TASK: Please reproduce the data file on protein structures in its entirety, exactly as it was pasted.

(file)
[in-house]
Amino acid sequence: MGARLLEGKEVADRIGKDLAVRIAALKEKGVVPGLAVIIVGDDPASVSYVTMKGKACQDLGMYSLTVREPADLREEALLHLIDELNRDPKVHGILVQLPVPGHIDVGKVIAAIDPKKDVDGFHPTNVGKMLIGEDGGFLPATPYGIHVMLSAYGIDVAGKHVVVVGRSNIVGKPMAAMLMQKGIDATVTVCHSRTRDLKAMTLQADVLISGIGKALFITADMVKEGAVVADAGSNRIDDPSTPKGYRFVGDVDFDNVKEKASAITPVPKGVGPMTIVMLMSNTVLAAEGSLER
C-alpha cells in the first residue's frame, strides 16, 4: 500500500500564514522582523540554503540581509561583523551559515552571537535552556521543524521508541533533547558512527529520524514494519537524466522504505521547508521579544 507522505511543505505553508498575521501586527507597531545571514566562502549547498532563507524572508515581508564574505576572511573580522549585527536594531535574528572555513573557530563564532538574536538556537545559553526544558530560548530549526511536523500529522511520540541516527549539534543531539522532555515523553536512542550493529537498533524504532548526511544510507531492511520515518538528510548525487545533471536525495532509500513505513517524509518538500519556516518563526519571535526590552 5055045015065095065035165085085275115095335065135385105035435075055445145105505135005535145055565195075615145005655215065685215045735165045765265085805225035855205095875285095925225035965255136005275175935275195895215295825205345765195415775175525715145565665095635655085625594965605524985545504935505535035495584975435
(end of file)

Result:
[in-house]
Amino acid sequence: MGARLLEGKEVADRIGKDLAVRIAALKEKGVVPGLAVIIVGDDPASVSYVTMKGKACQDLGMYSLTVREPADLREEALLHLIDELNRDPKVHGILVQLPVPGHIDVGKVIAAIDPKKDVDGFHPTNVGKMLIGEDGGFLPATPYGIHVMLSAYGIDVAGKHVVVVGRSNIVGKPMAAMLMQKGIDATVTVCHSRTRDLKAMTLQADVLISGIGKALFITADMVKEGAVVADAGSNRIDDPSTPKGYRFVGDVDFDNVKEKASAITPVPKGVGPMTIVMLMSNTVLAAEGSLER
C-alpha cells in the first residue's frame, strides 16, 4: 500500500500564514522582523540554503540581509561583523551559515552571537535552556521543524521508541533533547558512527529520524514494519537524466522504505521547508521579544 507522505511543505505553508498575521501586527507597531545571514566562502549547498532563507524572508515581508564574505576572511573580522549585527536594531535574528572555513573557530563564532538574536538556537545559553526544558530560548530549526511536523500529522511520540541516527549539534543531539522532555515523553536512542550493529537498533524504532548526511544510507531492511520515518538528510548525487545533471536525495532509500513505513517524509518538500519556516518563526519571535526590552 5055045015065095065035165085085275115095335065135385105035435075055445145105505135005535145055565195075615145005655215065685215045735165045765265085805225035855205095875285095925225035965255136005275175935275195895215295825205345765195415775175525715145565665095635655085625594965605524985545504935505535035495584975435